• 4. Can standardization be the answer to differentiation?Should the software prescribe processes to business? Or, it should simply adapt to the process in place. Anidealistic answer would indeed be that good software should instill good processes, or at least some bestpractices. In realty, the answer is not that simple.Consider the advent of ERP two decades back. In 90’s it was a mantra for business transformation. Businesssaw ERP as a package of best practices taken from the best run companies. Customizing ERP was frownedupon with the concern that it would dilute its purpose. Today, when we look back at the evolution of ERP, werarely find a serious implementation happening without customization. In fact, the more sophisticated thebusiness, more customization it would require. Why has it been so when several industry standard productscarry practices picked from so many good companies?Every good business has stood the test of time on its unique processes and culture. It differentiated on thoseto survive its distinct environment. Expecting a business to adopt a process bluntly, for the sake of it being abest practice somewhere, has the downside of it losing its uniqueness and identity. A top company wouldhave very little things in common with its peers – one of the ironies of benchmarking. So when we prescribe“one size fit all” software, we go against some business principles.Nevertheless, our admission of the idealism in enforcing best practices through software should not giveway to mass customization. Having spent years in custom IT services even before we saw mature ERPs, weknow the burden of customization. One thing we learnt in this – software is continuing to standardize whileeach business continues to differentiate. This contradiction is at the very heart of business softwarearchitecting. We will explain how.Configuration over customizationSoftware is always designed for re-use. However, the common perception around this principle is that designshould allow better re-use of code. We call this as productive development. To one who is focused on Different Maturity levels of product solutions (Product road-mapping) STANDARDIDATIN Prescribes best practices Configurability PROCESS MATURITY (through anchor customers) Adapts to niche BEST MIX Basic solution Practices STANDARD PROCSSESS DIFFERENTIATED PROCSSESS SMB PROCESS EVOLUTION 4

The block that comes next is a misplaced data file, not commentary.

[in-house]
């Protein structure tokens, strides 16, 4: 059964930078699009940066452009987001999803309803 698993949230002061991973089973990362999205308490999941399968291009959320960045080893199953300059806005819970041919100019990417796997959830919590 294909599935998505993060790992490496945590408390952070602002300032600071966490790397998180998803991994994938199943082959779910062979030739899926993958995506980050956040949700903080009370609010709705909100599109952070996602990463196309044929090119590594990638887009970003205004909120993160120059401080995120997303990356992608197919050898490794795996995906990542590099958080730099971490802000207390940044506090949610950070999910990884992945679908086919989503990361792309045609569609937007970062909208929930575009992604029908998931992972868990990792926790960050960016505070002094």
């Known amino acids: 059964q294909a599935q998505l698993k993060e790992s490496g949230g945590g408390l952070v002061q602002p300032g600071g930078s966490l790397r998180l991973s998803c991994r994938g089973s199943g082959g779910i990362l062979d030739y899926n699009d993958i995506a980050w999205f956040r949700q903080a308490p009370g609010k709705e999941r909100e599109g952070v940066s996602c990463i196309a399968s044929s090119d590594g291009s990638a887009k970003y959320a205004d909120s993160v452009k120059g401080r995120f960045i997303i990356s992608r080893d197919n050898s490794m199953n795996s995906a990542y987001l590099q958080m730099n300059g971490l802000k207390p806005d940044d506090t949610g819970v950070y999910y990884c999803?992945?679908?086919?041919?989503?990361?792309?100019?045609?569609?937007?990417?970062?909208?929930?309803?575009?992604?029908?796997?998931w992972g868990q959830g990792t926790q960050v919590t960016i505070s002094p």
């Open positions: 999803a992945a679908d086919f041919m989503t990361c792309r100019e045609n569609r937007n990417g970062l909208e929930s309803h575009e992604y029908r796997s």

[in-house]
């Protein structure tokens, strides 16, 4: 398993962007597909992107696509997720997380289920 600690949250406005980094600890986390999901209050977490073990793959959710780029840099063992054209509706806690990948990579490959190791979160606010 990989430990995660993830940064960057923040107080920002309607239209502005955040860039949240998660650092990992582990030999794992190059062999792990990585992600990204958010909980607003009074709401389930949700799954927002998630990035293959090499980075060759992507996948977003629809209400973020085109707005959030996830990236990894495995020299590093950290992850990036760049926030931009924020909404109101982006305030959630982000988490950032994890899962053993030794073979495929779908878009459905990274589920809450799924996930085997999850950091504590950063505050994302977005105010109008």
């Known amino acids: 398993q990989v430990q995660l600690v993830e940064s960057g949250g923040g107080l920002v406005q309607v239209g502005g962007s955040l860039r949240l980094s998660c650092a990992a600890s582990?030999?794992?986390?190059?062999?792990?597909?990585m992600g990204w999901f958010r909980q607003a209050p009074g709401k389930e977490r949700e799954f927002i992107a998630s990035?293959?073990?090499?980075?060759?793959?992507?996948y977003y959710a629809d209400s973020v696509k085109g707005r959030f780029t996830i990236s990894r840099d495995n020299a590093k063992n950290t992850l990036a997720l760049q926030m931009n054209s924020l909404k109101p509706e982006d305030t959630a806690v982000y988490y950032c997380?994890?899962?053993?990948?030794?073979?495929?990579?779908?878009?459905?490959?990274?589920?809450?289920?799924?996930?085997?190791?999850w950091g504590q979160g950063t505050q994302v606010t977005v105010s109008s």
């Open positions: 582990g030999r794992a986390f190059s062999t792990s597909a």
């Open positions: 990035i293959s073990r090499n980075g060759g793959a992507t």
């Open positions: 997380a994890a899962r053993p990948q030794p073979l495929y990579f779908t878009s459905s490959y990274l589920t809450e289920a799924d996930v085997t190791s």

• 5. business solutions, re-use of functionality is key criteria. This is productive implementation and avoidsdevelopment.In fact, this essence was clearly seen in ERPs. A good ERP would inherently have parameters to tunesoftware with processes by exposing existing functionality. For instance, production of an item couldhappen either on standard Bill of Material (BoM) or with different BoM with every booked order. Thesoftware would allow either by changing simple parameters. This is called configuration. In simple terms,it would mean a catalogue of functionalities that can be chosen when the software is set up. Coding isminimal, if not no coding at all.Yet, despite software designed for high configurability, the uniqueness of the process may demandfunctionality beyond configuration scope. Taking the same example of BoM, a business may have thehabit of changing the BoM during assembly without cancelling the order. The software might notlogically support this. In such case, there are two ways to go about it. One, the business decides tostandardize its processes to support the system. Two, it ask for changing the software, which would callfor coding. This change is termed as customization. The choice for going for it would depend on howcritical is the process in differentiating the business.Hence, customization would be a candidate in any IT solution that tries to achieve some perfection. Thecost-benefit is the deciding factor. For the business, it is simply how well it differentiates the business. Tothe solution provider, the approach however is quite different.Separating out customization from software roadmapOutright customization is not the best way to approach uniqueness of processes. This is not a not asustainable model. To the business, the cost of solution would be high in capital and maintenance. Thisalso restricts the business to leverage on the future solution enhancements.When configuration does not meet the requirement, it is usually requires substantive change in code. Insuch a case, we first explore how much we can standardize the functionality so that it could be usedacross companies. This may require adding functionalities and design elements beyond the specificrequirement of the customer.The standardized functionality is then added to the product roadmap for it to come out in a later version.This ensures that the software goes through adequate prototyping, quality and performance tests, andbeta testing. The beta test is not confined to the immediate customer but other businesses whopotentially need the feature. This makes the enhancement at par with software quality. In addition, betatests with multiple firms reveal scenarios for refinement, which the source company would have missed inframing.On the other hand, if the requirement is unique and likely not to be adopted by other companies, thecustomization is branched out of the product roadmap. The customer pays the cost to the developmentsince it is dedicated to her. However, this is not executed in the same fashion as we incorporate 5